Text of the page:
Vice President Harris warns Service Employees, nation of Trump threats to rights, freedoms

By Mark Gruenberg
PAI Staff Writer

Philadelphia, PA (PAI) — In some of her sharpest words ever on the campaign trail, Democratic Vice President Kamala Harris warned the Service Employees International Union (SEIU) — and, by extension, the country — of the threat to rights and freedoms from a White House takeover by presumptive Republican presidential nominee Donald Trump.

Harris ended her 20-minute address on May 21 with that warning to the 3,500 union delegates meeting at their convention in Philadelphia. Her speech was repeatedly interrupted by chants of “Four more years!” And she urged the union to get out in the streets to defend the country.

Historically, vice presidential nominees, including incumbents, have been used as “attack dogs” in both presidential and off-year campaigns. Two Republican examples: Vice President  Spiro Agnew blasted the media as “nattering nabobs of negativism” in 1970 and Republican vice presidential nominee Bob Dole, a badly wounded World War II veteran, called it and other conflicts “Democrat wars” in a 1976 debate.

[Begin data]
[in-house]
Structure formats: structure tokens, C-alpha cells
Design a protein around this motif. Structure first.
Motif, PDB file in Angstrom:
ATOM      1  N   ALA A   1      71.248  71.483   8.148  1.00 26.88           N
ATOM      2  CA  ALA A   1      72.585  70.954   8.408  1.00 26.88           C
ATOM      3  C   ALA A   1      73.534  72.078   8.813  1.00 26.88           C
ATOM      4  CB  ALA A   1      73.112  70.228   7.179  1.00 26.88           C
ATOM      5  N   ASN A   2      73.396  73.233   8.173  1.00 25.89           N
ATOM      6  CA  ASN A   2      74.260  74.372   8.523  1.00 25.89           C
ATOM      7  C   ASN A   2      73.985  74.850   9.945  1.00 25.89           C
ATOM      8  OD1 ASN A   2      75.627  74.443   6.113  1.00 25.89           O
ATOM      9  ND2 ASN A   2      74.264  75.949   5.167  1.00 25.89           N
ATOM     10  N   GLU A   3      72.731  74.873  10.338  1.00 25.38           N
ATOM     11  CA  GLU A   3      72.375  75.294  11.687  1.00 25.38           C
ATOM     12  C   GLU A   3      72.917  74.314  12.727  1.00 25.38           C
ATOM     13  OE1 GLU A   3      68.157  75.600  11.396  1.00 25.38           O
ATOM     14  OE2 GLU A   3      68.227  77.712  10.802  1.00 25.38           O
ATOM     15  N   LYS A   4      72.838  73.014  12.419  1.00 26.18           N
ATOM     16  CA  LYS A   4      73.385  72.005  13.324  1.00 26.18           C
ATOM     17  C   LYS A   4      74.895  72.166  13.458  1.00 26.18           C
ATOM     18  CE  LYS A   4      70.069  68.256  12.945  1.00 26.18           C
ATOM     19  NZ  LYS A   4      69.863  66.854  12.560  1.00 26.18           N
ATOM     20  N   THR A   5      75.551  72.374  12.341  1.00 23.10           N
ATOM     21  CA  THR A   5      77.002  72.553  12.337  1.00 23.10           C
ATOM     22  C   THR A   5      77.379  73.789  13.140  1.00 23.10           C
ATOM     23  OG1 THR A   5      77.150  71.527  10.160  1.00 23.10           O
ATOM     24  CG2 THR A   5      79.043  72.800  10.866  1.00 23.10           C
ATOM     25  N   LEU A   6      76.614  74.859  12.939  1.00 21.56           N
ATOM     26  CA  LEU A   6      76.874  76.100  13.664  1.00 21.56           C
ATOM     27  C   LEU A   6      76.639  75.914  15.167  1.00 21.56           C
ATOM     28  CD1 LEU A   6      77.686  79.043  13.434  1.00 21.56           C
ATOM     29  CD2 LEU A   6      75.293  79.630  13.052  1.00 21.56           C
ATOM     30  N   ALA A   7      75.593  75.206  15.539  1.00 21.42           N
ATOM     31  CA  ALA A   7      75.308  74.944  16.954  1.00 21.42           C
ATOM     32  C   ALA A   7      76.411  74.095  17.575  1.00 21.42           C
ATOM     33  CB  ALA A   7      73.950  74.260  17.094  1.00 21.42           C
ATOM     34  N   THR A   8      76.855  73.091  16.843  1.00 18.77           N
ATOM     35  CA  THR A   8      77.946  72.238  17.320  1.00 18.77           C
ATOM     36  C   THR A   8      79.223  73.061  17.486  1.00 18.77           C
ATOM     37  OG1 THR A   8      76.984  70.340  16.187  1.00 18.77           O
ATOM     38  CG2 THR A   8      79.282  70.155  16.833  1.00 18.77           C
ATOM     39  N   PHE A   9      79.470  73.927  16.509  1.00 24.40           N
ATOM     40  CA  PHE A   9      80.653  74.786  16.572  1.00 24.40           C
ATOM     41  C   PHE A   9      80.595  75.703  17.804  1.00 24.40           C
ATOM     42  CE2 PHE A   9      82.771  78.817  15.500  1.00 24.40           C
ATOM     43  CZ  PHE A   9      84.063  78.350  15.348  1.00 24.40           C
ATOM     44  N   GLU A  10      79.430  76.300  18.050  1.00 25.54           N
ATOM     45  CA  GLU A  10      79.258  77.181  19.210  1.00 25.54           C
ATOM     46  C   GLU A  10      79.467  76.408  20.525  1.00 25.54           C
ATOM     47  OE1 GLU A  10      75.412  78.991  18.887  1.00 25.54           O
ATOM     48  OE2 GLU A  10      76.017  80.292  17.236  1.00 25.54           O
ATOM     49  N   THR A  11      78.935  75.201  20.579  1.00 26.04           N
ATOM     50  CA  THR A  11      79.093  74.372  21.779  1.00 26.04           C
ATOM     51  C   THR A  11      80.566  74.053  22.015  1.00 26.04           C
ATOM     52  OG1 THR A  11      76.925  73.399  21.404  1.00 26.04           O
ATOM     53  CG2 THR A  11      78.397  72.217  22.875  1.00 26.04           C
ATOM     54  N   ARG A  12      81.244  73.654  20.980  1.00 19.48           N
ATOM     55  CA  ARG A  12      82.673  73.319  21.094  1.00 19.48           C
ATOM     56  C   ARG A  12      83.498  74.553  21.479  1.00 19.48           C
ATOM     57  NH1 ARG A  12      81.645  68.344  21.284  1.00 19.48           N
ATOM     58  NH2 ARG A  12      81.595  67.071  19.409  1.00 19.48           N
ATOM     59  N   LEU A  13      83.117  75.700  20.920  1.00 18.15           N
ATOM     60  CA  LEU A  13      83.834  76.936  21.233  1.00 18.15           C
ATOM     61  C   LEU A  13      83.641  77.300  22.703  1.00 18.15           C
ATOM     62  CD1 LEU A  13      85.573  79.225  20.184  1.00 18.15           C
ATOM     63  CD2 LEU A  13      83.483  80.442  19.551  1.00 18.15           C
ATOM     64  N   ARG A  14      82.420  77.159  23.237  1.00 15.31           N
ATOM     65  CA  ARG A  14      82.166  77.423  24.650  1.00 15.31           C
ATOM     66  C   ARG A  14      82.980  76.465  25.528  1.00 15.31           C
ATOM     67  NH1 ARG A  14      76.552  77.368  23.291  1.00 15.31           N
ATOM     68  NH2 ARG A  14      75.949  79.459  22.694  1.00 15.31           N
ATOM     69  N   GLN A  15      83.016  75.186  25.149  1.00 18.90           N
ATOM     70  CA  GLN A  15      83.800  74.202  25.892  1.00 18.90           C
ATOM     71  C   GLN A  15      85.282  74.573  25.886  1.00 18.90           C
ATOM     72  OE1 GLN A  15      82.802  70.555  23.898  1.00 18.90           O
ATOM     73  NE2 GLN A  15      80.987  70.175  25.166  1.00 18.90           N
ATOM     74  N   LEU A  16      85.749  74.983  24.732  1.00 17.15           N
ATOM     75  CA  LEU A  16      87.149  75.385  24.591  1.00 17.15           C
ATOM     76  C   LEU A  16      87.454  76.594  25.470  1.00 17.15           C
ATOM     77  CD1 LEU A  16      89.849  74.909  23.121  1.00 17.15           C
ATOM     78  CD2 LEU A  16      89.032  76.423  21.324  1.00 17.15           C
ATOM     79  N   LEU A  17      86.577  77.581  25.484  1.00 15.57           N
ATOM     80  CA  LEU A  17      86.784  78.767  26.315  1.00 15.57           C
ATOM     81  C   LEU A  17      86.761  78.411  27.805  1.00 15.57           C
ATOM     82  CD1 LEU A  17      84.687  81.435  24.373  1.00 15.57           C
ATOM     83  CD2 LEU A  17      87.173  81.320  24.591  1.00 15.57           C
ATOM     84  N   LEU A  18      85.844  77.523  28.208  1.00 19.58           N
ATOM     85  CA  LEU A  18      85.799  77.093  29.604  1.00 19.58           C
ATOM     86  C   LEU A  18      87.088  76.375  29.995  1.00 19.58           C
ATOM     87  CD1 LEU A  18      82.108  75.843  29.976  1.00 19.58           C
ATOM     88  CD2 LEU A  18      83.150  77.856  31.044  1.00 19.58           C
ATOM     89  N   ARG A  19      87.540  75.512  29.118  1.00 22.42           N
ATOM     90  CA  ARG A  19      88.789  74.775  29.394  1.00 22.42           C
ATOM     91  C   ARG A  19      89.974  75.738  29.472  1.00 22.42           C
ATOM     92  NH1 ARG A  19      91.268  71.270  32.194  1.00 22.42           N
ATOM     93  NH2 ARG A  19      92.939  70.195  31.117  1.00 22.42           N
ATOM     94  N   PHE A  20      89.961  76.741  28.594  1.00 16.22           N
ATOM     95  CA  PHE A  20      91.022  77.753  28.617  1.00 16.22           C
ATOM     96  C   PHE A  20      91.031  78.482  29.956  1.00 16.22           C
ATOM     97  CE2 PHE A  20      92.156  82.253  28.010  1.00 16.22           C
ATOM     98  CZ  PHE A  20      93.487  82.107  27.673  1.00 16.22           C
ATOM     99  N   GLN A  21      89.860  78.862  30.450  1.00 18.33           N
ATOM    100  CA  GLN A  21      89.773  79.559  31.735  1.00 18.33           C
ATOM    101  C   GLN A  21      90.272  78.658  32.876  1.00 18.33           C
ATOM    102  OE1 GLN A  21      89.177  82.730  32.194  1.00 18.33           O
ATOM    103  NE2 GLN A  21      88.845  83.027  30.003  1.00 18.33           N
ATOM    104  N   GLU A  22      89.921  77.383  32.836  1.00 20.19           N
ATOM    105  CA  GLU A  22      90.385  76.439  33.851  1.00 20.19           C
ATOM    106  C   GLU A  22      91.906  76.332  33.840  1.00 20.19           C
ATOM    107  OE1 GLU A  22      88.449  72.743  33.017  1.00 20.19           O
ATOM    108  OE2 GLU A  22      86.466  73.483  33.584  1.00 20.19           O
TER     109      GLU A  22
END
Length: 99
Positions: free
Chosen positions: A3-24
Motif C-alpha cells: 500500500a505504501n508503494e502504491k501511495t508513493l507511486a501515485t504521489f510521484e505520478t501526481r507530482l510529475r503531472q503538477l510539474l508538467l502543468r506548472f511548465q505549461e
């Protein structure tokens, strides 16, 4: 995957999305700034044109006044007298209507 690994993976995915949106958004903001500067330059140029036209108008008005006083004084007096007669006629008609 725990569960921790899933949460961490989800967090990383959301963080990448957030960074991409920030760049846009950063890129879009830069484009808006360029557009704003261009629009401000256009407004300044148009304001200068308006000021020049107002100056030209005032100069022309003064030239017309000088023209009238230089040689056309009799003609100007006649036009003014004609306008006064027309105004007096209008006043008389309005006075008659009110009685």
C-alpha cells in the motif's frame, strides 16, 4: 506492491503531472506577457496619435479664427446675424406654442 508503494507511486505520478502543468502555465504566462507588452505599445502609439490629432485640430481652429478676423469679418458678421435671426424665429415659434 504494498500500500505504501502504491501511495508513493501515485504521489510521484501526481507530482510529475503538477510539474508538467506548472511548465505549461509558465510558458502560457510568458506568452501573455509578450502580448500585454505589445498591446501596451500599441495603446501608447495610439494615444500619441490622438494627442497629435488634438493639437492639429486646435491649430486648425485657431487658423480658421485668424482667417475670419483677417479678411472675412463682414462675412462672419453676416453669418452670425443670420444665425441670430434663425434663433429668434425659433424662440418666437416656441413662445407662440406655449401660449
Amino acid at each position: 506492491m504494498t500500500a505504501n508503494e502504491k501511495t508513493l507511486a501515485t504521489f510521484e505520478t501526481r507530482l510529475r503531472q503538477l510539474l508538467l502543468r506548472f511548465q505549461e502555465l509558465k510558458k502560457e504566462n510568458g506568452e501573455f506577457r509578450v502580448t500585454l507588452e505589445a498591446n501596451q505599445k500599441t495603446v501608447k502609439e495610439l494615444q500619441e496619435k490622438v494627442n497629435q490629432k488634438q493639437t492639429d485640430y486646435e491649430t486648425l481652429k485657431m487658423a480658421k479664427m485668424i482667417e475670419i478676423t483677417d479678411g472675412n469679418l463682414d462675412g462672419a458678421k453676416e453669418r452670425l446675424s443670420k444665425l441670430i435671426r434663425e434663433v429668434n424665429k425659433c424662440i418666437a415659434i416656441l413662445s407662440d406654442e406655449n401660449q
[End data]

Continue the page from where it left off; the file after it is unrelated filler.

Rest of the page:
Given Trump’s track record, and his “I’ll be a dictator on day one” statement, Harris went further.

Before discussing the impact of a Trump triumph this fall, Harris ran through a long list of accomplishments for workers by Democratic President Joe Biden. They included better pay for home health care workers, a $15 hourly minimum wage for federal contractor employees, mandatory nurse-patient ratios at nursing homes that get Medicaid money, and more job safety enforcement. All those matter to SEIU. The White House posted the entire speech on YouTube.

Inside the hall, Harris did not directly cite Trump’s incitement and direction of the Jan. 6, 2021 insurrection at the U.S. Capitol, but used tough words — including a reference to Trump’s use the day before in a tweet of the Nazi-associated word “reich”— to outline the threat to democracy he poses. Adolf Hitler called his reign “The 1,000-year Reich.”

In doing so, Harris returned to the reason a reluctant Biden entered the presidential race in early 2020, and that he has repeated since. Indeed, when Biden launched this year’s presidential bid, also in Philadelphia, he again cast it as a defense of democracy. It’s a major Biden campaign theme.

“We are here today because we are clear-eyed about the stakes of this moment,” she declared. “Across our nation, we see full-on attacks on hard-won, hard-fought freedoms and rights.”

The rights under attack the vice president listed were “The freedom to vote, the freedom to organize, the freedom to be safe from the horror of gun violence, the freedom from hate and bigotry, the freedom to love whom you love openly and with pride, and the freedom of a woman to make decisions about her own body and not have our government tell her what to do.”

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